By Cameron French TORONTO (Reuters) - Toronto Mayor Rob Ford vowed on Tuesday he would stay away from drugs, alcohol and "bad company" as he tries to rebound from a drug scandal that prompted city council to strip away much of his power. Ford, who insists he is neither an alcoholic nor a drug addict, said he had not had a drink in three weeks. 100 percent." Ford made the comments one day after the city council voted to remove much of his power.
By Jeffrey B. Roth GETTYSBURG, Pennsylvania (Reuters) - Thousands of spectators gathered on Tuesday to mark the 150th anniversary of President Abraham Lincoln's Gettysburg Address, considered one of the greatest speeches in American history for saying so much in so few words. Lincoln delivered the 272-word speech in 1863 only months after the Battle of Gettysburg. The battle is considered a turning point in the U.S. Civil War, but the future of the United States as one nation was by no means secured when Lincoln made his call for the nation to dedicate itself to democracy and liberty, said historian James McPherson, a keynote speaker at the commemorative event. "Without Lincoln's leadership to make that victory possible, there might be today in North America, two or several United States," McPherson said.
SPRING CITY, Pa. (AP) — A United Methodist minister convicted of breaking church law by officiating at the same-sex wedding of his son said Tuesday he is unrepentant, declaring he has been called by God to be an advocate for the rights of gays, lesbians, bisexuals and transgendered people.
MIAMI (AP) — The HealthCare.gov website will still be a work in progress beyond the end of the month, Human Services Secretary Kathleen Sebelius said Tuesday, appearing to soften a promise that the site will be working by then for the vast majority of users.
(Reuters) - A federal judge on Tuesday granted an avowed white supremacist serial killer a stay of execution hours before he was scheduled to be put to death, allowing him time to challenge Missouri's new lethal drug protocol. Joseph Paul Franklin, 63, was convicted and sentenced to death for killing one man and wounding two others outside a St. Louis-area synagogue in 1977. He was scheduled to be executed early Wednesday morning at a Missouri prison.
By Steve Gorman LOS ANGELES (Reuters) - The man charged with a deadly shooting frenzy at Los Angeles International Airport has been released from the hospital where he was recovering from bullet wounds and turned over to federal marshals, a U.S. attorney's spokesman said on Tuesday. Paul Anthony Ciancia, 23, whose injuries included a gunshot to the face when arrested, had been heavily sedated, incapacitated and listed in critical condition in the aftermath of the November 1 shooting, according to court documents. He is accused of killing one Transportation Security Administration agent and wounding two other TSA officers and an airline passenger with a rifle inside the airport, also known as LAX, before he was gunned down by airport police. A day after the shooting, Ciancia was formally charged with killing a federal officer and committing an act of violence at an international airport.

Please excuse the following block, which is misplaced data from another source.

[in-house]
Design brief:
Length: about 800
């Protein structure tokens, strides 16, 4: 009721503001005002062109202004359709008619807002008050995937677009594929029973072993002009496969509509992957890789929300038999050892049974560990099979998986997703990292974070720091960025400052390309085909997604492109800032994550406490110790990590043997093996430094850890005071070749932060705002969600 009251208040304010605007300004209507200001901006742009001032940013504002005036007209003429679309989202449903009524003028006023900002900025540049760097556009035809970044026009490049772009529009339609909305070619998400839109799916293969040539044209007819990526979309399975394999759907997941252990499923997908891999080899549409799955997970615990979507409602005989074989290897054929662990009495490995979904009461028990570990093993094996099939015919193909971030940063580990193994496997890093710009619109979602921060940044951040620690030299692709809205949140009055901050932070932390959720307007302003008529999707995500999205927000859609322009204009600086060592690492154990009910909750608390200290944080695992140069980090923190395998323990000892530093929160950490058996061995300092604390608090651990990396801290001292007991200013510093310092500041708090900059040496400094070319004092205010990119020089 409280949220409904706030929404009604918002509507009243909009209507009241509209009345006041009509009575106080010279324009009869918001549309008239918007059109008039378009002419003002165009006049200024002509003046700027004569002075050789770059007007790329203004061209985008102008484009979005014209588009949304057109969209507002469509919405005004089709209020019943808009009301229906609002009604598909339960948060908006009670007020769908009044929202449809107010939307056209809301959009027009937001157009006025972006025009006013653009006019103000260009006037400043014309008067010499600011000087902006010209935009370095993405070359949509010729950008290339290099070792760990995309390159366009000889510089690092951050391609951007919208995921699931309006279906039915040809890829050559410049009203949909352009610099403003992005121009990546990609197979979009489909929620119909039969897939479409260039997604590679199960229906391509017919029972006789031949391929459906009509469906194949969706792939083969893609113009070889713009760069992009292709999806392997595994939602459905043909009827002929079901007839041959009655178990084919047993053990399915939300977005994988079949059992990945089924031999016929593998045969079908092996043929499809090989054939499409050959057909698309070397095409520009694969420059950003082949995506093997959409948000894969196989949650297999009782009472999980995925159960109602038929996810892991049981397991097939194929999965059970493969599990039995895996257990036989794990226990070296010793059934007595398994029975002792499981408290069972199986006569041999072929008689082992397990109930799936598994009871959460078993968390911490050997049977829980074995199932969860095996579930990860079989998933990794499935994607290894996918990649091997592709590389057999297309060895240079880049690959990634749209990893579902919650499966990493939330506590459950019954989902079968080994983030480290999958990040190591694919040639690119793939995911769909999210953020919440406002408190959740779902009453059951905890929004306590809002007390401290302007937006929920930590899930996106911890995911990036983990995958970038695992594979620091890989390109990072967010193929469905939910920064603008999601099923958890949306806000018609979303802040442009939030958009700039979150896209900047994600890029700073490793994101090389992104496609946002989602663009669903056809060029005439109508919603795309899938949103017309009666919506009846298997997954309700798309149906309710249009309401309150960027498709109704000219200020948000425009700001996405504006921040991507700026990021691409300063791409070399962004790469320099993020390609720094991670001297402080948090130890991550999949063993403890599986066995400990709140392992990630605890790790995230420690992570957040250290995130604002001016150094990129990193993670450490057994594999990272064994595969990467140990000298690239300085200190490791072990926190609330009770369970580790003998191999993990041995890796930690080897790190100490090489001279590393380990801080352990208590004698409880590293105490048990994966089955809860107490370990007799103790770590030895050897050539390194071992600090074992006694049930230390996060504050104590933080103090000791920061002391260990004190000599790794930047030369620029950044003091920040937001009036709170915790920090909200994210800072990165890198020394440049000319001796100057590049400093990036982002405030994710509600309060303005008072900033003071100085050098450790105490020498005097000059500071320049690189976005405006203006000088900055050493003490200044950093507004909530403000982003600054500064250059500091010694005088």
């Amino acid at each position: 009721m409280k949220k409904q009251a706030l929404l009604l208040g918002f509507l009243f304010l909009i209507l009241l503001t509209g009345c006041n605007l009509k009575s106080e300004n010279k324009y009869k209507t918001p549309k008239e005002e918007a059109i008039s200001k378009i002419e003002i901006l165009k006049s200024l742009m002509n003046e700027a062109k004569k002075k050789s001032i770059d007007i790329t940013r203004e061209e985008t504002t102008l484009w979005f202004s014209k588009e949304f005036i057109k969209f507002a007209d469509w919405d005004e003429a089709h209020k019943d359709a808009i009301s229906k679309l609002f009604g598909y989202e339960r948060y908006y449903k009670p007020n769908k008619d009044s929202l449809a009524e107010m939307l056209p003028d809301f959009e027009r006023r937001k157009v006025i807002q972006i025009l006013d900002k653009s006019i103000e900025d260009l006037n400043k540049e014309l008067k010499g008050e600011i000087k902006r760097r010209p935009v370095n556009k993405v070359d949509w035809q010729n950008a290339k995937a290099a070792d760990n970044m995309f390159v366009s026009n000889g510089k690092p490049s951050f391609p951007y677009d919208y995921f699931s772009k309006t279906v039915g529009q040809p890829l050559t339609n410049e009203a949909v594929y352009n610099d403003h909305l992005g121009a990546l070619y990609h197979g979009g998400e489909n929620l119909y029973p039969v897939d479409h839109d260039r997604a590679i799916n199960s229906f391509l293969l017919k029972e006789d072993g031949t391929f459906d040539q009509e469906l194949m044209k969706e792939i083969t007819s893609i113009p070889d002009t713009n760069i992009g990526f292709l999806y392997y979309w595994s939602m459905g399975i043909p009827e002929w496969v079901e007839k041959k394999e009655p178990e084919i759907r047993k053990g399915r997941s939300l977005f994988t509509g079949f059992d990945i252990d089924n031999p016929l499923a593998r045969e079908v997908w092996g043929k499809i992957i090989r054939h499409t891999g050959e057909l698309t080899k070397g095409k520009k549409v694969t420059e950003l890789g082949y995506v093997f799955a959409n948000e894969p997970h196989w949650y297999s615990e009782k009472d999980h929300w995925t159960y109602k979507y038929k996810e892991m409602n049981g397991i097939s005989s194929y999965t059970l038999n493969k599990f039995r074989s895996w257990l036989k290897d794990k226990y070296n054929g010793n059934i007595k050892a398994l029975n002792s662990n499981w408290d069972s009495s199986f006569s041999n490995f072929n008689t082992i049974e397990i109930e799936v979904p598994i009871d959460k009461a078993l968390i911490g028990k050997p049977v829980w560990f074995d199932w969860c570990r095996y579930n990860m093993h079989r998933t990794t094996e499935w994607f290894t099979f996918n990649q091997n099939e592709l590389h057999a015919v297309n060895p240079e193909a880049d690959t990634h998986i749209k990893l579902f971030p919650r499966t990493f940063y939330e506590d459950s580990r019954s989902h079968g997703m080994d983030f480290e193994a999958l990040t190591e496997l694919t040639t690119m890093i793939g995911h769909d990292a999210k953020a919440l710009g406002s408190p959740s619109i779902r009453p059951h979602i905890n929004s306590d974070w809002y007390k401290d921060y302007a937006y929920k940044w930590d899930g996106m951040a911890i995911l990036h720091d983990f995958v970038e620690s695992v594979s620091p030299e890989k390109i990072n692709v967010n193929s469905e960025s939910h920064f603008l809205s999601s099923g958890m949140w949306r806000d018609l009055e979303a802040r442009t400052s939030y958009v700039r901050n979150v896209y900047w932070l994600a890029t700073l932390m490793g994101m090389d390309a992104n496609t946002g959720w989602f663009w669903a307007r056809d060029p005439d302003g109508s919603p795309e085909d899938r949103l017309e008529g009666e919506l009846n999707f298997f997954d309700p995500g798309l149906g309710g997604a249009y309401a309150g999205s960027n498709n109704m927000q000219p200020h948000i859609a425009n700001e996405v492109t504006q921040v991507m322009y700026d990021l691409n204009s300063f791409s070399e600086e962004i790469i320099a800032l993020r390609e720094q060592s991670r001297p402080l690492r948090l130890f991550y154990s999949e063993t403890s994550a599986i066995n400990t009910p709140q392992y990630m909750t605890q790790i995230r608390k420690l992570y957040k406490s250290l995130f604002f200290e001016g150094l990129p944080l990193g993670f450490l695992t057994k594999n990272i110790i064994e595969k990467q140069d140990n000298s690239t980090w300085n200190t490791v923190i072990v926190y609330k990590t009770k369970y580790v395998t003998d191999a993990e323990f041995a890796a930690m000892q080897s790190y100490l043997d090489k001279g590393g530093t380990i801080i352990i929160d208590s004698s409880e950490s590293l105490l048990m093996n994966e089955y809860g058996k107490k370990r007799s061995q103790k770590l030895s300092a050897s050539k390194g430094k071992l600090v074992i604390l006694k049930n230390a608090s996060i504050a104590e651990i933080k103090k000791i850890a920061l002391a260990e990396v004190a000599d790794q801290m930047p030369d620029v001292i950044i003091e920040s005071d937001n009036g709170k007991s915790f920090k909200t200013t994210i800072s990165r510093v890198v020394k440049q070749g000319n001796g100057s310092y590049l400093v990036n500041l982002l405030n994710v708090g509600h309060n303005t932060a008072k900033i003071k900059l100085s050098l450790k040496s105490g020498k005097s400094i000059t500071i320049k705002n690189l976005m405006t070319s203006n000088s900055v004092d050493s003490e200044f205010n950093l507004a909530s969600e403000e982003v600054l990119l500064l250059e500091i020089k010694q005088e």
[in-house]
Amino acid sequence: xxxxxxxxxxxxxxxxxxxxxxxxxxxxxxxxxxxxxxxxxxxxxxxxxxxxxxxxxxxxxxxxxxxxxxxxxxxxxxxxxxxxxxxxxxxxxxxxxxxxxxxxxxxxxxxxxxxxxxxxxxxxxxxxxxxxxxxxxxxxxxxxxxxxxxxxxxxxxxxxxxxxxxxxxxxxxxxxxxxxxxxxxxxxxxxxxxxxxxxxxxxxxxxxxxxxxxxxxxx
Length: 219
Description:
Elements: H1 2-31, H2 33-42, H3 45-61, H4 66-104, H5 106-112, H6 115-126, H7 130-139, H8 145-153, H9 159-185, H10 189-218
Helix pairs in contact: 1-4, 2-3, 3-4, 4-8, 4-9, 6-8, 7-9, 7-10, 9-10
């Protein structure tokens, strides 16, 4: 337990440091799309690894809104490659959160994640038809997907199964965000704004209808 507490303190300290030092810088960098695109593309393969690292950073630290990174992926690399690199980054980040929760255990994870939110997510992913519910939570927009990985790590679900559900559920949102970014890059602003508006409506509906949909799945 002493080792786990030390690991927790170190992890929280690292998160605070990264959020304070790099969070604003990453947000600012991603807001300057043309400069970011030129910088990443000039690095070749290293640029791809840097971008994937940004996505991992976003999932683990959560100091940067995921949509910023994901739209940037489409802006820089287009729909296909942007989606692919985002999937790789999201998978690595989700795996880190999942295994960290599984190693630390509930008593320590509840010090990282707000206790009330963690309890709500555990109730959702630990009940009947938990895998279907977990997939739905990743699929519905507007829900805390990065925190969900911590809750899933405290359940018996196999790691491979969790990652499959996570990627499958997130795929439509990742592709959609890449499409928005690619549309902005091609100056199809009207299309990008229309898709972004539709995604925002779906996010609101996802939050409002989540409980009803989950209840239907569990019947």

President Barack Obama's HealthCare.gov site is riddled with security flaws that put user data of millions of people at risk and it should be shut down until fixed, several technology experts warned lawmakers on Tuesday. The testimony at a congressional hearing could increase concerns among many Americans about Obama's healthcare overhaul, popularly known as Obamacare. Opinion polls show the botched rollout of the online marketplace for health insurance policies has hurt the popularity of the effort. The website collects personal data such as names, birth dates, social security numbers, email addresses and other information that criminals could use for a variety of scams.
WASHINGTON (AP) — President Barack Obama personally appealed to senators Tuesday to hold off on seeking additional sanctions on Iran while the U.S. and other world powers negotiate a nuclear deal with Tehran.
By Gary Robertson RICHMOND, Virginia (Reuters) - A Virginia state senator was stabbed and seriously wounded at his home on Tuesday, and police said they were investigating whether the senator's son may have carried out the attack before committing suicide. Creigh Deeds, a 55-year-old Democrat who ran unsuccessfully for governor in 2009, was flown to the University of Virginia Medical Center in Charlottesville with stab wounds to his head and upper body, Virginia State Police spokeswoman Corinne Geller said. His 24-year-old son, Austin "Gus" Deeds, was alive at the home in Millboro, about 100 miles west of Richmond, when police arrived, Geller said, but died at the scene of a gunshot wound.
CHARLOTTESVILLE, Va. (AP) — Virginia state Sen. Creigh Deeds, a Democrat who rose to be gubernatorial nominee in 2009 despite his reserved demeanor and humble farmland roots, was stabbed early Tuesday, apparently by his son, police said.
By Barbara Liston SANFORD, Florida (Reuters) - George Zimmerman, who was acquitted last summer in the fatal shooting of unarmed black teenager Trayvon Martin, was released from jail on Tuesday after his arrest for an incident in which he is alleged to have pulled a shotgun on his girlfriend. Zimmerman was released by sheriff's deputies from a jail in Sanford, Florida, after a court hearing in which Seminole County Judge Fred Schott said he found probable cause for Monday's arrest and set bail at $9,000. The judge set January 7 as the date for Zimmerman's next appearance in court on charges stemming from a domestic dispute on Monday, when he allegedly pointed a shotgun at his girlfriend in her central Florida home. He also banned Zimmerman from any travel outside Florida and ordered him to wear an electronic monitoring device for the duration of his release on bond.